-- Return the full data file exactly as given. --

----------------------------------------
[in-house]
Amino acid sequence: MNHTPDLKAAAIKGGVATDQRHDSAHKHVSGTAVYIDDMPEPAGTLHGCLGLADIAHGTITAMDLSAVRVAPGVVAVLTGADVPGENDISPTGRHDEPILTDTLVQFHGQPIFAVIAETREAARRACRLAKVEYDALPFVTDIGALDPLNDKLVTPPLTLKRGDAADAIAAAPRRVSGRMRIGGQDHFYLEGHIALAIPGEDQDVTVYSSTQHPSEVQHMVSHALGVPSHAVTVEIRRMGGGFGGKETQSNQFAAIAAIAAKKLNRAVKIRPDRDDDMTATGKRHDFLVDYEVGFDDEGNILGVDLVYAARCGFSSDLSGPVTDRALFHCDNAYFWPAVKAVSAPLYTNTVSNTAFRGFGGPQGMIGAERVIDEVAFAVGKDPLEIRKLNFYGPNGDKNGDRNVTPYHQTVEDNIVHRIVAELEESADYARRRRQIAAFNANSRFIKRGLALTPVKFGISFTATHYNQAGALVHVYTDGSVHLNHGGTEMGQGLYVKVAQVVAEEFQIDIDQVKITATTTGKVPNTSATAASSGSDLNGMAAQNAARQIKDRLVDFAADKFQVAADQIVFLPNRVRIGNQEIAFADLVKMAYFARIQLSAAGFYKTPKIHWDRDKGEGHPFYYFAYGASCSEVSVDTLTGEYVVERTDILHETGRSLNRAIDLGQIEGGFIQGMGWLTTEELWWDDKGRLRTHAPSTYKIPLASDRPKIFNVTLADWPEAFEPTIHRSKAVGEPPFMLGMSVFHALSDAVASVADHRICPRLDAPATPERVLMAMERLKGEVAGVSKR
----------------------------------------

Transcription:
[in-house]
Amino acid sequence: MNHTPDLKAAAIKGGVATDQRHDSAHKHVSGTAVYIDDMPEPAGTLHGCLGLADIAHGTITAMDLSAVRVAPGVVAVLTGADVPGENDISPTGRHDEPILTDTLVQFHGQPIFAVIAETREAARRACRLAKVEYDALPFVTDIGALDPLNDKLVTPPLTLKRGDAADAIAAAPRRVSGRMRIGGQDHFYLEGHIALAIPGEDQDVTVYSSTQHPSEVQHMVSHALGVPSHAVTVEIRRMGGGFGGKETQSNQFAAIAAIAAKKLNRAVKIRPDRDDDMTATGKRHDFLVDYEVGFDDEGNILGVDLVYAARCGFSSDLSGPVTDRALFHCDNAYFWPAVKAVSAPLYTNTVSNTAFRGFGGPQGMIGAERVIDEVAFAVGKDPLEIRKLNFYGPNGDKNGDRNVTPYHQTVEDNIVHRIVAELEESADYARRRRQIAAFNANSRFIKRGLALTPVKFGISFTATHYNQAGALVHVYTDGSVHLNHGGTEMGQGLYVKVAQVVAEEFQIDIDQVKITATTTGKVPNTSATAASSGSDLNGMAAQNAARQIKDRLVDFAADKFQVAADQIVFLPNRVRIGNQEIAFADLVKMAYFARIQLSAAGFYKTPKIHWDRDKGEGHPFYYFAYGASCSEVSVDTLTGEYVVERTDILHETGRSLNRAIDLGQIEGGFIQGMGWLTTEELWWDDKGRLRTHAPSTYKIPLASDRPKIFNVTLADWPEAFEPTIHRSKAVGEPPFMLGMSVFHALSDAVASVADHRICPRLDAPATPERVLMAMERLKGEVAGVSKR